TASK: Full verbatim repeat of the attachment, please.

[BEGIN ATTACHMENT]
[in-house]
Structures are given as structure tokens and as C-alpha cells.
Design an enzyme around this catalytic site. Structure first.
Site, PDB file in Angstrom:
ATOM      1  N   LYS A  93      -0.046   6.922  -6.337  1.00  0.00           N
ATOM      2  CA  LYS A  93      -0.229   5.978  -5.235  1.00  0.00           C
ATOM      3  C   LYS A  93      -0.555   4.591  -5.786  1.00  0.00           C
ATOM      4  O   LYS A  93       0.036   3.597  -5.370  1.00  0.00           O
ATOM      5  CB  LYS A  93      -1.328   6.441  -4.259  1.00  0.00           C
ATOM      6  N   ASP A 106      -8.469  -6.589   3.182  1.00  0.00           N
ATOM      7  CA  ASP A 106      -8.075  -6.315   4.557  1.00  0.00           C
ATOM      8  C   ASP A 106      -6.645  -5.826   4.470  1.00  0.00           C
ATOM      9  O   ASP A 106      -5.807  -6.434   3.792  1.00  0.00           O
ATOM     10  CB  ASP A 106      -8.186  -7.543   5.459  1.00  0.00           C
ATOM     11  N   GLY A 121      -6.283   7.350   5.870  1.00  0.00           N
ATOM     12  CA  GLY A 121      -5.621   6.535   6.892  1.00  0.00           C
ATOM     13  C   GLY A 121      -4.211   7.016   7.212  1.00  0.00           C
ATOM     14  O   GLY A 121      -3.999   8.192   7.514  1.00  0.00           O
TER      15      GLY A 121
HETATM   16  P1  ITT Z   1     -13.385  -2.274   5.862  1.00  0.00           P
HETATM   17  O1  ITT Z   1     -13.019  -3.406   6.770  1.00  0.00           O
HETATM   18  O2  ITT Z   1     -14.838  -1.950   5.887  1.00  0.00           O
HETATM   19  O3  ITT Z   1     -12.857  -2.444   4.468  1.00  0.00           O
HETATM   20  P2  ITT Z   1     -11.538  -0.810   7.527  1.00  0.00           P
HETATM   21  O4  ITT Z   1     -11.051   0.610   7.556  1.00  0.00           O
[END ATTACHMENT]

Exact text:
[in-house]
Structures are given as structure tokens and as C-alpha cells.
Design an enzyme around this catalytic site. Structure first.
Site, PDB file in Angstrom:
ATOM      1  N   LYS A  93      -0.046   6.922  -6.337  1.00  0.00           N
ATOM      2  CA  LYS A  93      -0.229   5.978  -5.235  1.00  0.00           C
ATOM      3  C   LYS A  93      -0.555   4.591  -5.786  1.00  0.00           C
ATOM      4  O   LYS A  93       0.036   3.597  -5.370  1.00  0.00           O
ATOM      5  CB  LYS A  93      -1.328   6.441  -4.259  1.00  0.00           C
ATOM      6  N   ASP A 106      -8.469  -6.589   3.182  1.00  0.00           N
ATOM      7  CA  ASP A 106      -8.075  -6.315   4.557  1.00  0.00           C
ATOM      8  C   ASP A 106      -6.645  -5.826   4.470  1.00  0.00           C
ATOM      9  O   ASP A 106      -5.807  -6.434   3.792  1.00  0.00           O
ATOM     10  CB  ASP A 106      -8.186  -7.543   5.459  1.00  0.00           C
ATOM     11  N   GLY A 121      -6.283   7.350   5.870  1.00  0.00           N
ATOM     12  CA  GLY A 121      -5.621   6.535   6.892  1.00  0.00           C
ATOM     13  C   GLY A 121      -4.211   7.016   7.212  1.00  0.00           C
ATOM     14  O   GLY A 121      -3.999   8.192   7.514  1.00  0.00           O
TER      15      GLY A 121
HETATM   16  P1  ITT Z   1     -13.385  -2.274   5.862  1.00  0.00           P
HETATM   17  O1  ITT Z   1     -13.019  -3.406   6.770  1.00  0.00           O
HETATM   18  O2  ITT Z   1     -14.838  -1.950   5.887  1.00  0.00           O
HETATM   19  O3  ITT Z   1     -12.857  -2.444   4.468  1.00  0.00           O
HETATM   20  P2  ITT Z   1     -11.538  -0.810   7.527  1.00  0.00           P
HETATM   21  O4  ITT Z   1     -11.051   0.610   7.556  1.00  0.00           O